- Be aware of potential hazards – an open filing cabinet drawer or some other obstacle that a person might trip over.
- In handling paperwork, identify each piece as you place it in the person’s hand.
- If you are assisting someone with filling out paperwork, read each question in it’s entirety – and don’t answer for the person. You can offer to write for someone however, most people will sign their own name, you can guide their hand/pen to the signature line. Some people use a signature guide (a small card to follow along to keep a signature straight) or a rubber stamp.
People with Speech or Language Impairments
Speech difficulties can range from inability to correctly produce sounds, put thoughts into words, or understand complete sentences. This can be the result of a head injury, stroke, cerebral palsy, or other disability.
- Give focused attention to the person who has difficulty speaking.
- Rather than speak for the person, allow extra time and give help when needed.
- When necessary, ask questions that require short answers or a nod or shake of the head.
- If you have difficulty understanding, don’t pretend. Repeat as much as you do understand, the person’s reactions will guide you and clue you in. If you still don’t understand – ask the person to repeat it in another way.
- Some people use a communication aid such as a picture, symbol, or word chart, voice synthesizer, or communications device with a digital display. Allow the person to show you how they use it. When you answer questions or talk look at the person not the communication device.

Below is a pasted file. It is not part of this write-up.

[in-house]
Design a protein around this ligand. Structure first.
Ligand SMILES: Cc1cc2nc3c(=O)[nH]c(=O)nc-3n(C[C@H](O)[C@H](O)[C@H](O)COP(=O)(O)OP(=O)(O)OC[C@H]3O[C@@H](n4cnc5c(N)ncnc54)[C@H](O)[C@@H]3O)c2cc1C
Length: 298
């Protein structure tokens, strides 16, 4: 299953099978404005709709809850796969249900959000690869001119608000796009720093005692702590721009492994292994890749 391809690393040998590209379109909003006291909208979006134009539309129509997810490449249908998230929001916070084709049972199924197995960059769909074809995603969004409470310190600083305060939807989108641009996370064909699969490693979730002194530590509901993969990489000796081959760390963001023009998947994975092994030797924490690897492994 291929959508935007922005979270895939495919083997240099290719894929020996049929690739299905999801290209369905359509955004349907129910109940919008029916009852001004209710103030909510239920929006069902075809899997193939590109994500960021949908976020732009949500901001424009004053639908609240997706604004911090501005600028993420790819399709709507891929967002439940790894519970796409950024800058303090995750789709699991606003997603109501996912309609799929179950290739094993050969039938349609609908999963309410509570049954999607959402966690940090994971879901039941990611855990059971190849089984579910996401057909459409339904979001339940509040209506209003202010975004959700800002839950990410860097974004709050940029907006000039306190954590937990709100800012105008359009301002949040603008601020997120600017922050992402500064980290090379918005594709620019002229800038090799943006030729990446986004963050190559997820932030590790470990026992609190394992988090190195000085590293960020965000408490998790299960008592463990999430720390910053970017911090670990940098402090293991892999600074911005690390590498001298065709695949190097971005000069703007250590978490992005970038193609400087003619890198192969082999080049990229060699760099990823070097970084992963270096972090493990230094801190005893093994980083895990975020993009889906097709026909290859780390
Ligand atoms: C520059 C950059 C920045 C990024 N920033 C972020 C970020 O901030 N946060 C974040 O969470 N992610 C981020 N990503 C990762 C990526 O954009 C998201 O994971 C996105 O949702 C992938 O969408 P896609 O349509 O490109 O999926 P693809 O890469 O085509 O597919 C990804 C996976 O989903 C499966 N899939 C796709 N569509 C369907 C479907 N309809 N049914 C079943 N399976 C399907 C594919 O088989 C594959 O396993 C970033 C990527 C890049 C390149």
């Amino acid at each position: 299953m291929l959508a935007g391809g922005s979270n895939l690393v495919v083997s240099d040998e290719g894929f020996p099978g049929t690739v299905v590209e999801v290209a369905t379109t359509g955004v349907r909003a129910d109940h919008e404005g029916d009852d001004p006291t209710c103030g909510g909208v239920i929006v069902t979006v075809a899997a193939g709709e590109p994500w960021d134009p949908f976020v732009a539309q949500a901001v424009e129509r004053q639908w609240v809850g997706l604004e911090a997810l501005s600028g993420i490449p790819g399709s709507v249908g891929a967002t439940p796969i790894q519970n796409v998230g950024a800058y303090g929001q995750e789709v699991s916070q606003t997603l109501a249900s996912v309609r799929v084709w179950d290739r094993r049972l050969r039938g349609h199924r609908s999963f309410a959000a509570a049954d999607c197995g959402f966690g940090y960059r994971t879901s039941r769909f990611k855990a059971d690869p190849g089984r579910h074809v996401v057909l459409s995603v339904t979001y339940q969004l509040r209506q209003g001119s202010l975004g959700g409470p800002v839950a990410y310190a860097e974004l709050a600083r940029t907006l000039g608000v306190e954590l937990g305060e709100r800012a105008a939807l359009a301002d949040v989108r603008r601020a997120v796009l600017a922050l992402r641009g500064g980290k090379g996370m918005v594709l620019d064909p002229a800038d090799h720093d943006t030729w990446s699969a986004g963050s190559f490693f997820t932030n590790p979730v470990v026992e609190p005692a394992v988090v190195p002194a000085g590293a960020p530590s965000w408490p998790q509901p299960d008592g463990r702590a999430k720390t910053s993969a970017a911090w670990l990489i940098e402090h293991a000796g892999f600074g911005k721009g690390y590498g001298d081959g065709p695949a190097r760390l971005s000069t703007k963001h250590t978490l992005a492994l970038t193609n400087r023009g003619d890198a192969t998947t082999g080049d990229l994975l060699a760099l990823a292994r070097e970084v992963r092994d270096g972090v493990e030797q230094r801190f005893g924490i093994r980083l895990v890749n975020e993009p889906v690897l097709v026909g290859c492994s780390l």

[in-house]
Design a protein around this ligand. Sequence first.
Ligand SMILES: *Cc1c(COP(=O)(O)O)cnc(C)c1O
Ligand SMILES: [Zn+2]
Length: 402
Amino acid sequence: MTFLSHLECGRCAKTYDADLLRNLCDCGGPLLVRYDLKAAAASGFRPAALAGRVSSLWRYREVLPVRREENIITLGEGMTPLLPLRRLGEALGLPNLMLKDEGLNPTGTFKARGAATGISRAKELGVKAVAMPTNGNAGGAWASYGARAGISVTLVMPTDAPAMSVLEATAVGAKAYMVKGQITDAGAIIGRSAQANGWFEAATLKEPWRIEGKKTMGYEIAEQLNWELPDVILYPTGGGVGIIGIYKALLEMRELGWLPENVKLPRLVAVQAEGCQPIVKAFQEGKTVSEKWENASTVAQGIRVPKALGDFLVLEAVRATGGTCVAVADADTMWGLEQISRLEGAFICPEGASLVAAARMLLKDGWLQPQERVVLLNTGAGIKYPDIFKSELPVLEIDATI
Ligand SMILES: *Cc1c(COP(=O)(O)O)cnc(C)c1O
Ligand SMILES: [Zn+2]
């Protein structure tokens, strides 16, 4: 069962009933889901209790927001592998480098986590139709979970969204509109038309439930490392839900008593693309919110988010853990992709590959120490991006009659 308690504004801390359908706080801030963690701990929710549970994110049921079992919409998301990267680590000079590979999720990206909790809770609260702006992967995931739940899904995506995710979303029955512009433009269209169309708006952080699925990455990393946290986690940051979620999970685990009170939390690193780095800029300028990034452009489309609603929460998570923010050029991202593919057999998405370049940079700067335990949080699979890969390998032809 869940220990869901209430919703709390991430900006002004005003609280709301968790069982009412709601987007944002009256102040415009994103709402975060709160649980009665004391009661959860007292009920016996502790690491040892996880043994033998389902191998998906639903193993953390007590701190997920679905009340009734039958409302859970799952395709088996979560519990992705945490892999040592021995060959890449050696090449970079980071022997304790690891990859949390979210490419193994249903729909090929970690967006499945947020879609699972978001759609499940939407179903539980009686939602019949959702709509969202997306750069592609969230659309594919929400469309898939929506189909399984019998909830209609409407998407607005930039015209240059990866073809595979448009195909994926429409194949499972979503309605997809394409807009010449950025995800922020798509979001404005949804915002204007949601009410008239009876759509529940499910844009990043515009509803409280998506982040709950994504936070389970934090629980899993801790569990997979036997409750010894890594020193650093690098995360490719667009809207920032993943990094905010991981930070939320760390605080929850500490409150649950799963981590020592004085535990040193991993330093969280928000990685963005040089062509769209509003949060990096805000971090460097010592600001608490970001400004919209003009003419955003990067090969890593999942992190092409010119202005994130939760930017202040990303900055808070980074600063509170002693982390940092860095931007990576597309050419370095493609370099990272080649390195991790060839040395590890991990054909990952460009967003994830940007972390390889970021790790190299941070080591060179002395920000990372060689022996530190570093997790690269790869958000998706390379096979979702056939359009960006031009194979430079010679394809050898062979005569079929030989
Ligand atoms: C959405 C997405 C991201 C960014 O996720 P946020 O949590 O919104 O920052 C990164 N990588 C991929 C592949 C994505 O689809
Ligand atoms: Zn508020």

People with Hearing Impairments
Hearing losses can range from mild to severe and can influence the way a person communicates or responds to sounds and to the speech of others. Not all people who are hard-of-hearing or deaf communicate using sign language.
- If necessary, get the person’s attention with a wave of the hand, a tap on the shoulder, or another visual signal.
- Speak clearly and slowly but without exaggeration. Don’t shout or overpronunciate.
- Be flexible in your language. Change the words around or rephrase your statements if you aren’t being understood. Short sentences are easier to understand.
- Allow for a clear view of your face – the person may be speech reading. Don’t cover your mouth with your hand. Don’t speak directly into a person’s ear or hearing aid.
- Try to maintain eye contact. If an interpreter is present continue talking directly to the person, s/he will turn to the interpreter as needed.
- Writing notes is an appropriate mode of communication.
People with Hidden Disabilities
Some people have disabilities that may not be immediately observable. They may have chronic pain (i.e., arthritis, fibromyalgia, or back pain.) Others may have chronic health conditions (i.e., diabetes, migraines, high blood pressure.) Some people have learning disabilities and others may have a psychological disability. Remember disability information is private and please refer to general etiquette tips.